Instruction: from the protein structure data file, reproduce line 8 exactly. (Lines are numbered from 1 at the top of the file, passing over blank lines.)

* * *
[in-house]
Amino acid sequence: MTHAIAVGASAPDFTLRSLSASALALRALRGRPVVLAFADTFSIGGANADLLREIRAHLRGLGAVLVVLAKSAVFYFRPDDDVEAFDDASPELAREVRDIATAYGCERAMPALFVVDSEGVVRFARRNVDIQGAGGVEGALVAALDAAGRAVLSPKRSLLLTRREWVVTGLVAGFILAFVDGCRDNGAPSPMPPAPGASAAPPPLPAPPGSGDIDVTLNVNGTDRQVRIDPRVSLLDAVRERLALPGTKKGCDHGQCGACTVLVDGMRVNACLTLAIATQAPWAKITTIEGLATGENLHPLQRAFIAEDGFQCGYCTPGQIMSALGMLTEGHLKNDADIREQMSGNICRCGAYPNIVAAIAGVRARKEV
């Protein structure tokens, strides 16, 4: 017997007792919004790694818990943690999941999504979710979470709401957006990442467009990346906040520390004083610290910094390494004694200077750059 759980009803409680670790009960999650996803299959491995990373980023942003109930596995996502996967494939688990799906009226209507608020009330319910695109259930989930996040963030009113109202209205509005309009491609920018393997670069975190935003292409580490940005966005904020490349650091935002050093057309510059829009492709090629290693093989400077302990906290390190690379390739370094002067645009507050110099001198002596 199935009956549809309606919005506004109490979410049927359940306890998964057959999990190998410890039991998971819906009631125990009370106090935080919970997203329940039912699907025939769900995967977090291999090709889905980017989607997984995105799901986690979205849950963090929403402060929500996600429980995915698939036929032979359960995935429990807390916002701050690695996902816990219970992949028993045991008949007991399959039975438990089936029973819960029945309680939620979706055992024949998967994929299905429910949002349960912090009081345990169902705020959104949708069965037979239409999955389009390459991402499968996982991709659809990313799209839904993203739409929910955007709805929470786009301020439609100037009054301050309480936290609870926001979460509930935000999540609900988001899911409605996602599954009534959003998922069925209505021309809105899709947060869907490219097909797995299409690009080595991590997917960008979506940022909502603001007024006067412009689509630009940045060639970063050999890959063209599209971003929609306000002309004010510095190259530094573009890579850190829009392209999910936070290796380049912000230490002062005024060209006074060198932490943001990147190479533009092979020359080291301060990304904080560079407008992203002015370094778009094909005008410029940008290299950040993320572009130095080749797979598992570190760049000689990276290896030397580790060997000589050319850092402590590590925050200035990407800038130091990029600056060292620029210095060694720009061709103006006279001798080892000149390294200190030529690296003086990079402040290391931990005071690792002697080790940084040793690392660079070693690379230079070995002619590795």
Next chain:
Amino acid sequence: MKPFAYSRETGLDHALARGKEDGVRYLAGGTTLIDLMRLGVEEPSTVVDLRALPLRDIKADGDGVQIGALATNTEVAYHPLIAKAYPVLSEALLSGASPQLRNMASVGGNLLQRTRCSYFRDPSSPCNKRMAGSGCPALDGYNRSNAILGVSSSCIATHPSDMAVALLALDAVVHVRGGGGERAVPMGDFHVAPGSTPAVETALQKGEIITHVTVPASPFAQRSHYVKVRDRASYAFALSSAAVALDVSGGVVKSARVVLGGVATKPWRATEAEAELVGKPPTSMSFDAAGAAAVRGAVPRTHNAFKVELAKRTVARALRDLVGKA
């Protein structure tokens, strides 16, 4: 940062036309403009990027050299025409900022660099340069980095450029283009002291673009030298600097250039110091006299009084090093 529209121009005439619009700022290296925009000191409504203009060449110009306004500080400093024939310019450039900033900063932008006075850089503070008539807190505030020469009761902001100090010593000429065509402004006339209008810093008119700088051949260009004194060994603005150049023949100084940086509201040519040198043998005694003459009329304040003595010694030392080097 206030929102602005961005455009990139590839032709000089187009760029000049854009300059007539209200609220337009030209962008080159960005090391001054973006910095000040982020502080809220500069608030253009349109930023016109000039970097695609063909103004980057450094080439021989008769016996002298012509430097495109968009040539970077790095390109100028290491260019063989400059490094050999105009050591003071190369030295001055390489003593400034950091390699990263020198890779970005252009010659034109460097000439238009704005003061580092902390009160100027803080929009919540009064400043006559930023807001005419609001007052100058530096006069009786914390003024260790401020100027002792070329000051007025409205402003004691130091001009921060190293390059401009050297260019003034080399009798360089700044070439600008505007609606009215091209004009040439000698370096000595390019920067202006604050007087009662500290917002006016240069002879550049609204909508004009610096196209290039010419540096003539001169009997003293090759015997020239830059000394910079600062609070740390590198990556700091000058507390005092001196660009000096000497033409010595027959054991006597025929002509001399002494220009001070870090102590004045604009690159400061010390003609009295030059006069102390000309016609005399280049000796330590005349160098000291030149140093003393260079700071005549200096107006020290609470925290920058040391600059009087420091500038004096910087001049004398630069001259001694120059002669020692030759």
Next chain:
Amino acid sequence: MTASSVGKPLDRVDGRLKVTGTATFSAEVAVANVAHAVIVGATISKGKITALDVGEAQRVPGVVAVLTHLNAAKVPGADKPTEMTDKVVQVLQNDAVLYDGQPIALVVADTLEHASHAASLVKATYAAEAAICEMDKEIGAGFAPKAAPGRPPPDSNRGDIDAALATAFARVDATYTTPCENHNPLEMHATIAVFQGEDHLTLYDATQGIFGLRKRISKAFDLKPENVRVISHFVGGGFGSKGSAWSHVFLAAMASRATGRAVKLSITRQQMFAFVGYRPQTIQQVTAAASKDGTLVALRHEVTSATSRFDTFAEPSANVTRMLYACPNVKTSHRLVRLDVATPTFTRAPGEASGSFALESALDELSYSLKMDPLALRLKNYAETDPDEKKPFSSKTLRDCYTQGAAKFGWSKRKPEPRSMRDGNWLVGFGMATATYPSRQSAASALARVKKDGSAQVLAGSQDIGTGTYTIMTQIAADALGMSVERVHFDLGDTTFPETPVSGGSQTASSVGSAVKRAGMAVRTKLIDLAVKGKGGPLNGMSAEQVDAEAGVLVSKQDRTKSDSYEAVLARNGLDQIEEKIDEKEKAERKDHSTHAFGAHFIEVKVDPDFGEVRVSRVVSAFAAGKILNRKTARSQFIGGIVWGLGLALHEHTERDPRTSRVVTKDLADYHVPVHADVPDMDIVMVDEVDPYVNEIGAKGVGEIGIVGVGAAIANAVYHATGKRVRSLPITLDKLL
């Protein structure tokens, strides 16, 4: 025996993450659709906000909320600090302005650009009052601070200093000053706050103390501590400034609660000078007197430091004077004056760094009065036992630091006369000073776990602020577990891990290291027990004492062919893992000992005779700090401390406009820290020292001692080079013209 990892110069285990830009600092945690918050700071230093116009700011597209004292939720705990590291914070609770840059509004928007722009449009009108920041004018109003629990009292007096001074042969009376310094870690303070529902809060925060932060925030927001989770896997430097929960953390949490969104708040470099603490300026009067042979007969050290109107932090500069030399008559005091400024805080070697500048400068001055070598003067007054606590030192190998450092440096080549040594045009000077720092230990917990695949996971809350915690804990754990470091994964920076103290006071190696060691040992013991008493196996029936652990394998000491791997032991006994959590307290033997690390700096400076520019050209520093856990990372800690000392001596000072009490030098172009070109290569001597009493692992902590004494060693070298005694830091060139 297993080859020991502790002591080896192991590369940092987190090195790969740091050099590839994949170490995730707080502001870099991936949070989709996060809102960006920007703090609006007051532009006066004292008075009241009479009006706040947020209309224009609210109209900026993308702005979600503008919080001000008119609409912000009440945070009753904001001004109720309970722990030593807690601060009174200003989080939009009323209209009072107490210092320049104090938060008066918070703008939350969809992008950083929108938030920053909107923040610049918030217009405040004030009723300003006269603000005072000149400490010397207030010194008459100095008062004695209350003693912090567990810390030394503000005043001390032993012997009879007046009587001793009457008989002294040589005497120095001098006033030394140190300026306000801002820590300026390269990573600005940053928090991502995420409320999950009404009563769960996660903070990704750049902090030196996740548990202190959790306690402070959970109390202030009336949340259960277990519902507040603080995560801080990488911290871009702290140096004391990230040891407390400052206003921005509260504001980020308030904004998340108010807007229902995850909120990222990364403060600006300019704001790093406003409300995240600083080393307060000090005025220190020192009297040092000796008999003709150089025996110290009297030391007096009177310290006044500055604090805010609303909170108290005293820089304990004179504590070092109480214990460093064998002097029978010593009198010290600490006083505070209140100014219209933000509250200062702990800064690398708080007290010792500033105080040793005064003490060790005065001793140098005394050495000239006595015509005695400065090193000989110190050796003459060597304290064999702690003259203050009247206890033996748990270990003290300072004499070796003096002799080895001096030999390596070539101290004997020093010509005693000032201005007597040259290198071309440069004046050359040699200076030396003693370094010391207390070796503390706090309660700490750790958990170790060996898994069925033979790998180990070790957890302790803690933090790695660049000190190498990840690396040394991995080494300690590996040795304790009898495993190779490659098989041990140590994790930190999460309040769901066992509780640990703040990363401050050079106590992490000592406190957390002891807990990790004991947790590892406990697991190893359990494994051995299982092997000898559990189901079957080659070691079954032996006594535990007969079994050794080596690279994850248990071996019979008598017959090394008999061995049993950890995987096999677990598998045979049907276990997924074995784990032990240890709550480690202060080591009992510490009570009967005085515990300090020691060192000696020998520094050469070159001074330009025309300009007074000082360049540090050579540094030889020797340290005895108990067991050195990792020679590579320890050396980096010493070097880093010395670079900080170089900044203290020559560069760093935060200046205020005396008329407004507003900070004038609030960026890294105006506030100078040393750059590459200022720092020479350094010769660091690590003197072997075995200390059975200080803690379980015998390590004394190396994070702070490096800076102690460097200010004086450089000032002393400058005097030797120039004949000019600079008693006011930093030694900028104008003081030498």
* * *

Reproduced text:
Amino acid sequence: MTASSVGKPLDRVDGRLKVTGTATFSAEVAVANVAHAVIVGATISKGKITALDVGEAQRVPGVVAVLTHLNAAKVPGADKPTEMTDKVVQVLQNDAVLYDGQPIALVVADTLEHASHAASLVKATYAAEAAICEMDKEIGAGFAPKAAPGRPPPDSNRGDIDAALATAFARVDATYTTPCENHNPLEMHATIAVFQGEDHLTLYDATQGIFGLRKRISKAFDLKPENVRVISHFVGGGFGSKGSAWSHVFLAAMASRATGRAVKLSITRQQMFAFVGYRPQTIQQVTAAASKDGTLVALRHEVTSATSRFDTFAEPSANVTRMLYACPNVKTSHRLVRLDVATPTFTRAPGEASGSFALESALDELSYSLKMDPLALRLKNYAETDPDEKKPFSSKTLRDCYTQGAAKFGWSKRKPEPRSMRDGNWLVGFGMATATYPSRQSAASALARVKKDGSAQVLAGSQDIGTGTYTIMTQIAADALGMSVERVHFDLGDTTFPETPVSGGSQTASSVGSAVKRAGMAVRTKLIDLAVKGKGGPLNGMSAEQVDAEAGVLVSKQDRTKSDSYEAVLARNGLDQIEEKIDEKEKAERKDHSTHAFGAHFIEVKVDPDFGEVRVSRVVSAFAAGKILNRKTARSQFIGGIVWGLGLALHEHTERDPRTSRVVTKDLADYHVPVHADVPDMDIVMVDEVDPYVNEIGAKGVGEIGIVGVGAAIANAVYHATGKRVRSLPITLDKLL